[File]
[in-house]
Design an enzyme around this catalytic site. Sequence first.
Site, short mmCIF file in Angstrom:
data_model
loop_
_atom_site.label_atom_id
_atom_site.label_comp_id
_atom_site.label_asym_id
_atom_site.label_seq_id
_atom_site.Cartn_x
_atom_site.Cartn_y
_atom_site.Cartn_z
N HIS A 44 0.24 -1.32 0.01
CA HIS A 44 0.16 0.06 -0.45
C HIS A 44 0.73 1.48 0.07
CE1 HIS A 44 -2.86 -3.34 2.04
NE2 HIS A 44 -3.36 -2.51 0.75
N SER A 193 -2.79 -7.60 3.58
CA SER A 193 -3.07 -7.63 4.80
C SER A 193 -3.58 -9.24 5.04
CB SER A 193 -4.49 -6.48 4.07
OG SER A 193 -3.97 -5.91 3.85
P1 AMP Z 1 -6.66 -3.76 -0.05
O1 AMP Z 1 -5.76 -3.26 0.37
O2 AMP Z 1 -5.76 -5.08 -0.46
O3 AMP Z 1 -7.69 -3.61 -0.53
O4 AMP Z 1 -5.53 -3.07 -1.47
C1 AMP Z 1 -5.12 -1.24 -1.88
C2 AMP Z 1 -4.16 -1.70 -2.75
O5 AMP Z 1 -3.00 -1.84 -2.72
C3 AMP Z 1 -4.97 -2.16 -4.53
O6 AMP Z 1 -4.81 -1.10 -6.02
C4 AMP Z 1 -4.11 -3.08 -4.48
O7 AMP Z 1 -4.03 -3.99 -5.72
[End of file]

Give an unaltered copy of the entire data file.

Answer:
[in-house]
Design an enzyme around this catalytic site. Sequence first.
Site, short mmCIF file in Angstrom:
data_model
loop_
_atom_site.label_atom_id
_atom_site.label_comp_id
_atom_site.label_asym_id
_atom_site.label_seq_id
_atom_site.Cartn_x
_atom_site.Cartn_y
_atom_site.Cartn_z
N HIS A 44 0.24 -1.32 0.01
CA HIS A 44 0.16 0.06 -0.45
C HIS A 44 0.73 1.48 0.07
CE1 HIS A 44 -2.86 -3.34 2.04
NE2 HIS A 44 -3.36 -2.51 0.75
N SER A 193 -2.79 -7.60 3.58
CA SER A 193 -3.07 -7.63 4.80
C SER A 193 -3.58 -9.24 5.04
CB SER A 193 -4.49 -6.48 4.07
OG SER A 193 -3.97 -5.91 3.85
P1 AMP Z 1 -6.66 -3.76 -0.05
O1 AMP Z 1 -5.76 -3.26 0.37
O2 AMP Z 1 -5.76 -5.08 -0.46
O3 AMP Z 1 -7.69 -3.61 -0.53
O4 AMP Z 1 -5.53 -3.07 -1.47
C1 AMP Z 1 -5.12 -1.24 -1.88
C2 AMP Z 1 -4.16 -1.70 -2.75
O5 AMP Z 1 -3.00 -1.84 -2.72
C3 AMP Z 1 -4.97 -2.16 -4.53
O6 AMP Z 1 -4.81 -1.10 -6.02
C4 AMP Z 1 -4.11 -3.08 -4.48
O7 AMP Z 1 -4.03 -3.99 -5.72